Published: January 8, 2012
Source: Copy from the author in exchange for an honest review
Add it to your TBR at: Goodreads
___Intelligent and fiercely independent, sixteen-year-old Mia Marchette has never had a childhood. After her father’s disappearance when she was six, she has alone borne the burden of her mother’s bipolar disorder.
When her mother is institutionalized after a failed suicide attempt, Mia is abruptly forced to live with the estranged father she has not known for ten years. She is shocked to discover that he has created a new, picture-perfect life for himself, and is now living with a stepmother and a half-sister Mia never knew she had. Together, Mia and her new family must face the bitterness, mistakes, and long-hidden secrets that threaten to destroy their precarious happiness.
Finding Mia follows Mia's journey as she searches to find the unanswered questions from her past, leading to her own self-discovery. Ultimately, this is a story of confronting pain and finding freedom, of letting go and learning to search for love in unexpected places.
Everyone has a role in today's world, and part of what makes us who we are is having the ability to overcome obstables and learn from them as we go. What I've learned is that any obstacle we are given is a gift, to allow us the chance to grow stronger and to shape the people we are today, as we are nothing without our experiences, and our experiences are nothing if we don't learn from them.
I was pleasantly surprised when I started reading Finding Mia; it'd been awhile since I read the synopsis so I didn't go into this YA contemporary with any expectations, yet really enjoyed this heart-wrenching story of family and self-discovery. Mia was an incredibly strong heroine, who I clicked with - her individuality was really inspiring, and her fears when it comes to her new family are completely relevant and understandable. I found her very genuine and sympathetic, and warmed to this story right away. I actually didn't want it to end!
My favorite part of Rachel K Burke's story was the characters. They all contributed to the story, from Mia, to her outspoken friend Gretchen, who was a layered character, to Evan, Mia's boyfriend. While I definitely didn't agree with all of Mia's actions, she was a lost teenager, and I could absolutely identify. Her struggles made her seem more real, although there were times when I wanted to jump into the book and give her a shake or a talking to. I was really moved by seeing her try to find a way to not just get along with her father and step-mother, but find a way to let them into her lives. That was one of my favorite aspects of the plot of Finding Mia, although I also really enjoyed Mia's growth.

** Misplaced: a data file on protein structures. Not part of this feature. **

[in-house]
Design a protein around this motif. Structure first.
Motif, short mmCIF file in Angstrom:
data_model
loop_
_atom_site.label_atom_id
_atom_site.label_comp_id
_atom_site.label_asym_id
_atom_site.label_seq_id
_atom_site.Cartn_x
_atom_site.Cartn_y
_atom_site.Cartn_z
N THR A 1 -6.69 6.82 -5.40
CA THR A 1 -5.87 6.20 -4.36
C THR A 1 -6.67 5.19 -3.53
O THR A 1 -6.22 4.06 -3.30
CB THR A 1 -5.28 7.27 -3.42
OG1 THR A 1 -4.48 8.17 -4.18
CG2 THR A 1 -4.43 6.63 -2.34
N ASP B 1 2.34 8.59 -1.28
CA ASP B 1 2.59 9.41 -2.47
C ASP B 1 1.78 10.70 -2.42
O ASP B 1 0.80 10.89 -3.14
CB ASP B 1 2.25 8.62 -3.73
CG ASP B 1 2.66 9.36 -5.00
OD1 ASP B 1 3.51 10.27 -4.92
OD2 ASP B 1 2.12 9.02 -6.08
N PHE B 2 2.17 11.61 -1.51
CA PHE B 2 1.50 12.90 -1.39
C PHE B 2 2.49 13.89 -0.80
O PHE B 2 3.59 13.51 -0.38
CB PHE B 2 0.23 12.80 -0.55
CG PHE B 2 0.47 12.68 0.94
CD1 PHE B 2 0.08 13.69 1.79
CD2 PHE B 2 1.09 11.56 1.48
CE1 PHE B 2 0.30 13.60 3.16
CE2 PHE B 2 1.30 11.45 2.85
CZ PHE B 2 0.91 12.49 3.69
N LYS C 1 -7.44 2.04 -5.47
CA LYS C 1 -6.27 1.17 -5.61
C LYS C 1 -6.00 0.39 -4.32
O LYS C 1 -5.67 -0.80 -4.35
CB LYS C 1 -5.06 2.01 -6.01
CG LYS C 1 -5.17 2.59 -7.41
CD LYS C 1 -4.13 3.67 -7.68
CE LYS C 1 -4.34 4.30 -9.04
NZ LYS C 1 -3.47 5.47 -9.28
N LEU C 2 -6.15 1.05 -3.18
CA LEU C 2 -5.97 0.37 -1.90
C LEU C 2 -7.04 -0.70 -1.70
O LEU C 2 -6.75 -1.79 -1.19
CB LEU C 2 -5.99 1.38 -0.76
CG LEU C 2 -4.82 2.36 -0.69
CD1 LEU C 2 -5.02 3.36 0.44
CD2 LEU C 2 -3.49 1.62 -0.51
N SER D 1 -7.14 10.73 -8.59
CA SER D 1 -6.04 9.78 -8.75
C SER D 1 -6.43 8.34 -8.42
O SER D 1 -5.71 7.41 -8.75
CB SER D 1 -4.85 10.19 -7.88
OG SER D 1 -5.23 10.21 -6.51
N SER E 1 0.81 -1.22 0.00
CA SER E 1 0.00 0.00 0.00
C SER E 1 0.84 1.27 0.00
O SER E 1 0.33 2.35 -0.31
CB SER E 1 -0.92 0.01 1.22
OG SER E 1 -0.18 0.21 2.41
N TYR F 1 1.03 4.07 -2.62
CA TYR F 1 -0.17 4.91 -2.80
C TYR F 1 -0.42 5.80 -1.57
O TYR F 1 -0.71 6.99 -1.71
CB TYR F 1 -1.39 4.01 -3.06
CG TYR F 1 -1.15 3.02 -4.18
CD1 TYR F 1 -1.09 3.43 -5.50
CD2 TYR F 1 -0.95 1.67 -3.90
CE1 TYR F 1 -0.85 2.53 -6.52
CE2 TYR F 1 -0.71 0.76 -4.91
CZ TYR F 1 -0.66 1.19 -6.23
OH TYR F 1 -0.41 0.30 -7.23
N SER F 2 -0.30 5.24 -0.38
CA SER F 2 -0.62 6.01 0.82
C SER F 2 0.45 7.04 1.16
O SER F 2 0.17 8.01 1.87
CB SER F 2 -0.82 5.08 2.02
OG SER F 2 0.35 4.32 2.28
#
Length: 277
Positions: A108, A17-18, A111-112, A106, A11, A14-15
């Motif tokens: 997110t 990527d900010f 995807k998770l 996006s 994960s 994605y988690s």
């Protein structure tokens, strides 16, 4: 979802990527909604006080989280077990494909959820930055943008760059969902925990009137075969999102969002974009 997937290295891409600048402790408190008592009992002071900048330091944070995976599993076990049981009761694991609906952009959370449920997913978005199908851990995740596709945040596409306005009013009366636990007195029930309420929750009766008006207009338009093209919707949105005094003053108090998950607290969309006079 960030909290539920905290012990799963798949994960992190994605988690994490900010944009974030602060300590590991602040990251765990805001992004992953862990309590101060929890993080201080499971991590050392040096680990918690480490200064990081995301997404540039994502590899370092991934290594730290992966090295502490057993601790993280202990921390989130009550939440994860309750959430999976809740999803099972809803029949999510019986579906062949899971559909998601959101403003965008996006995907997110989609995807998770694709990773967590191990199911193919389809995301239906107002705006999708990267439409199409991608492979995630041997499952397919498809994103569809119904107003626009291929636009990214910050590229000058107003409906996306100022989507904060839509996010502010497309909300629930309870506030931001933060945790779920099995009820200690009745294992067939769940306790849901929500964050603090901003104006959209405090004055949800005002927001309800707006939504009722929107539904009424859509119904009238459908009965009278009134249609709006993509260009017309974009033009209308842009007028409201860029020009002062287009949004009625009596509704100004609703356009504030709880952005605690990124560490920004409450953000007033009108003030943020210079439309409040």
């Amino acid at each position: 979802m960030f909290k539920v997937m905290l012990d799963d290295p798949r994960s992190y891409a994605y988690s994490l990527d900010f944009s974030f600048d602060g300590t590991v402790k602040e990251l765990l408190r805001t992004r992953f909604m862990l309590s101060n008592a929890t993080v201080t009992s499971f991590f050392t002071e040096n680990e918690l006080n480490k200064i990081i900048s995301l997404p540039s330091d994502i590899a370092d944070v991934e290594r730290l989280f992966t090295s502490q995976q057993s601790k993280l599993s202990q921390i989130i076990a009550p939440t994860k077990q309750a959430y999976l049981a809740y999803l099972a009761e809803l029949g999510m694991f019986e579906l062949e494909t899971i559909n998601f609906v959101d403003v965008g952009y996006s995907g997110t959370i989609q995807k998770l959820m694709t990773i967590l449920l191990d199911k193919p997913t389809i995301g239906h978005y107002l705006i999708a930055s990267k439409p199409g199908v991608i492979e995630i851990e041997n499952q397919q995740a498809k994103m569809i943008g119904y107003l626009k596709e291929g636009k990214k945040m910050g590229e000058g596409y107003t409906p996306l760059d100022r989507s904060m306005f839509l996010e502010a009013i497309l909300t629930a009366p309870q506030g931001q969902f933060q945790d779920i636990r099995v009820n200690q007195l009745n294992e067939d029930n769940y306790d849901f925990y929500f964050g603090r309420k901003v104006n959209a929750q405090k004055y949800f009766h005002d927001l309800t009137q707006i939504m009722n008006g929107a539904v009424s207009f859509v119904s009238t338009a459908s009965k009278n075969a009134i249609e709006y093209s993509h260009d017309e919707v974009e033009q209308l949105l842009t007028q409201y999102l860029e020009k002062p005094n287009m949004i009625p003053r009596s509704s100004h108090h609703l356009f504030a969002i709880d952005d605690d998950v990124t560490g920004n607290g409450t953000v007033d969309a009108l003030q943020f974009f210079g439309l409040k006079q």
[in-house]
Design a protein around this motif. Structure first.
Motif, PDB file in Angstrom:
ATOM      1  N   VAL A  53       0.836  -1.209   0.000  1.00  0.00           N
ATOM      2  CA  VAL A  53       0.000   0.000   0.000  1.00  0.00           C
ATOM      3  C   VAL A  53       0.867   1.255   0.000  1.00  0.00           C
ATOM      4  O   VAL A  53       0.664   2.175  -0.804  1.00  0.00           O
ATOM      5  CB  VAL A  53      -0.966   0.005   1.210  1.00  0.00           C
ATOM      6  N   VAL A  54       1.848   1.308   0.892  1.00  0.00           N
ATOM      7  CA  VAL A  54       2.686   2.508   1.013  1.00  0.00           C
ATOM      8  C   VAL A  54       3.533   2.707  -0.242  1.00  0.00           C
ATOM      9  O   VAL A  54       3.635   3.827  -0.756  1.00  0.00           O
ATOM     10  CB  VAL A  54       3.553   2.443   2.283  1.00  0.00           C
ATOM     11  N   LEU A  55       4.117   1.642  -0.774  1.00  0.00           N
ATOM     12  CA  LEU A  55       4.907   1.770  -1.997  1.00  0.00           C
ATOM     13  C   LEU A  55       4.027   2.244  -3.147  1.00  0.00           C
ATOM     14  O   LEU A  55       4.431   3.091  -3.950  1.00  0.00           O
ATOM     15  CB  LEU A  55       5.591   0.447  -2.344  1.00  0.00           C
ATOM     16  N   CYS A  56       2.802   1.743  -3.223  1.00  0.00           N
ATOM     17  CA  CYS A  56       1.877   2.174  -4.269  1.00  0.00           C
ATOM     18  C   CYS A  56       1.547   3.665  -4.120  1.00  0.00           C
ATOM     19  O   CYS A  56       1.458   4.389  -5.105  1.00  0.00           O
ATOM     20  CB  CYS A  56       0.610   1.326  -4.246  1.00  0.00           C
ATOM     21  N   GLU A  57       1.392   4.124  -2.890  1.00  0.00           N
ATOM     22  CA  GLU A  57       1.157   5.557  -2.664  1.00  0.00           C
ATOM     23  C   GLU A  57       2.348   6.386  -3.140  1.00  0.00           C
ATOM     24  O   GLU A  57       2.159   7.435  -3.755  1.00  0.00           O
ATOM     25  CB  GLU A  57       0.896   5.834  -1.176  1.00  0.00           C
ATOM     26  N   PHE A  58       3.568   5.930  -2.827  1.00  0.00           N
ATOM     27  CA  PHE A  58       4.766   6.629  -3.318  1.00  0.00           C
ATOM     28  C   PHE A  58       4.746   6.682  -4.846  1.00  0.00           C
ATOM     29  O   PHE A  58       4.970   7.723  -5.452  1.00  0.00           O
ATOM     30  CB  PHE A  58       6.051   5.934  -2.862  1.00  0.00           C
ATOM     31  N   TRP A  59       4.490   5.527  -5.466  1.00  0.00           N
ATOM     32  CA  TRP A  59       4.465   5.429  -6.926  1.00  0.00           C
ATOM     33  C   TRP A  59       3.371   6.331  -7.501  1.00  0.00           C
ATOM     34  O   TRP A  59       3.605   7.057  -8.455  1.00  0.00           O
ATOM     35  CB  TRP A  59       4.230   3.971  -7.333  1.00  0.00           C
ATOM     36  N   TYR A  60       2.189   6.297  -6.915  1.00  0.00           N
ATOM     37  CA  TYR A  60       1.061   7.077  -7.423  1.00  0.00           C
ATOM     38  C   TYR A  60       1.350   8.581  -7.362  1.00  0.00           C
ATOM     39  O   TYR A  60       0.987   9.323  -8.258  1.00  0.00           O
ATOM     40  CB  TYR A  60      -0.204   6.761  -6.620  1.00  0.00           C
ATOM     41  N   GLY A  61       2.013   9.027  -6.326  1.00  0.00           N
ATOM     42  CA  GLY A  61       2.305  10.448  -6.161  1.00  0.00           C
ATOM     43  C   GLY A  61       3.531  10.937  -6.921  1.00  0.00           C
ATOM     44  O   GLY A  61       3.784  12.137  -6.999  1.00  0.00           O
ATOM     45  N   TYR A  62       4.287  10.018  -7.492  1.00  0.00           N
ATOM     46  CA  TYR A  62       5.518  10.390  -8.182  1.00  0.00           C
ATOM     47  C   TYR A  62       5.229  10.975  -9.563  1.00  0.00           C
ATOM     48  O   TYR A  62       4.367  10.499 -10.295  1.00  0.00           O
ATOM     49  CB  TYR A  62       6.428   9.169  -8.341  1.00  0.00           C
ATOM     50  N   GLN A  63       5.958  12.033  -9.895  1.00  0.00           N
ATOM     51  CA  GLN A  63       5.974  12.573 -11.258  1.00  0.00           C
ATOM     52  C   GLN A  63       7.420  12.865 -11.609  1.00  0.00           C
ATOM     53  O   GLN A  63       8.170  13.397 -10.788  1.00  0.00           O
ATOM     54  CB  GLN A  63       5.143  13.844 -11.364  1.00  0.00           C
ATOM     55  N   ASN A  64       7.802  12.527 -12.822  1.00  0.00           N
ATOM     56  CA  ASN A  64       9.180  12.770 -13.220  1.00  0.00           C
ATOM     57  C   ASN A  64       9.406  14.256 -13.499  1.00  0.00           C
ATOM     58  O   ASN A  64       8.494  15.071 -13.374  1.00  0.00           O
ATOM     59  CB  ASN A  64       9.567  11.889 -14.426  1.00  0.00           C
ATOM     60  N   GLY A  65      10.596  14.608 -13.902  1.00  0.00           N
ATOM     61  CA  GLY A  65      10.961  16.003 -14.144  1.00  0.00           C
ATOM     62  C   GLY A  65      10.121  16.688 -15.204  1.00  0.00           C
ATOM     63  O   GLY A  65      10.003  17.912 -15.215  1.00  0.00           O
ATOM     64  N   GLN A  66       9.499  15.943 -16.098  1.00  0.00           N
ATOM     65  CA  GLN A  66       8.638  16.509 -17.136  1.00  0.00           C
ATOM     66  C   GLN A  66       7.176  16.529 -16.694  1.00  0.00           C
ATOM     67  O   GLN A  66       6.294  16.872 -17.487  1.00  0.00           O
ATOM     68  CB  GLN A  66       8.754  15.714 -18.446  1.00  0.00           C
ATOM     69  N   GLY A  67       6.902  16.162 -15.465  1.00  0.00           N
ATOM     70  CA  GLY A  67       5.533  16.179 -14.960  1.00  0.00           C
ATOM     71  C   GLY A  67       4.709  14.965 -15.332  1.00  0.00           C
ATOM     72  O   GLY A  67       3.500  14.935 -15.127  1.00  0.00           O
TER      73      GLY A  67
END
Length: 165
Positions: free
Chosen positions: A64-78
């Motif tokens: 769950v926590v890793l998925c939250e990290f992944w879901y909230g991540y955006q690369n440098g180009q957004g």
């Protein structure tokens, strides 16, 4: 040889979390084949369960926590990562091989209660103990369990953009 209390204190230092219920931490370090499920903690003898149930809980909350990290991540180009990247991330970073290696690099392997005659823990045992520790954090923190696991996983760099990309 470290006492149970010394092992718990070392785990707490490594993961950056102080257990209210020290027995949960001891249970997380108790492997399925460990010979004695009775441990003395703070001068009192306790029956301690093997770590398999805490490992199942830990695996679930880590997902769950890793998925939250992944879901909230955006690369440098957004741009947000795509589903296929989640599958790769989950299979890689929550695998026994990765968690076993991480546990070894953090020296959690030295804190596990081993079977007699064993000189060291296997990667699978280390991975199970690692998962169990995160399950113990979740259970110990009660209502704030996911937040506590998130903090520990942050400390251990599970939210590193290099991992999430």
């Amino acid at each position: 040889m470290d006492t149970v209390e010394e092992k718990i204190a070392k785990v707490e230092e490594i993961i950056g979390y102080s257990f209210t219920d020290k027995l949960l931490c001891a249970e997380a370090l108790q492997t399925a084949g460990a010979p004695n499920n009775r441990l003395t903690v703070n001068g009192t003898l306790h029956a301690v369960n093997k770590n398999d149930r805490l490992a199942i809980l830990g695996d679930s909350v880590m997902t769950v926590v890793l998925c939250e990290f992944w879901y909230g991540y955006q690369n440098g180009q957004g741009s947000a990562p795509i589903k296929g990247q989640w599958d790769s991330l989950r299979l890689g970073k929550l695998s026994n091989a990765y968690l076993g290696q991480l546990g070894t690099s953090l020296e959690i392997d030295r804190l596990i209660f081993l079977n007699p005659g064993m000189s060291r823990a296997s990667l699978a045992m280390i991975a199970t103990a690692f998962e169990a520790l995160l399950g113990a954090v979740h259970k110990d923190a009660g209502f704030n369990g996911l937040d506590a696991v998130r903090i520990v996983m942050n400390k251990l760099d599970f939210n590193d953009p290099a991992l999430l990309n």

Finding Mia is a powerful story of a girl finding who she is, when she's finally able to step out from the shadow of her mother's illness. It's a character study, and a story of bravery, and second chances. The pacing was really nicely done, and Burke's writing style is strong and clear. I would definitely recommend this story to teen readers, because I think it will resonate with others as it did with me!
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Rachel was born and raised in Boston, MA. She currently resides in Los Angeles, CA. She graduated from Bridgewater University in 2011 with a B.A. in Communications and Media Studies.
Rachel's work has appeared in Prevention Magazine, Worcester Magazine and Starpulse News Entertainment.
Visit her online at: her website | her twitter | her facebook
Shop for Finding Mia at: Amazon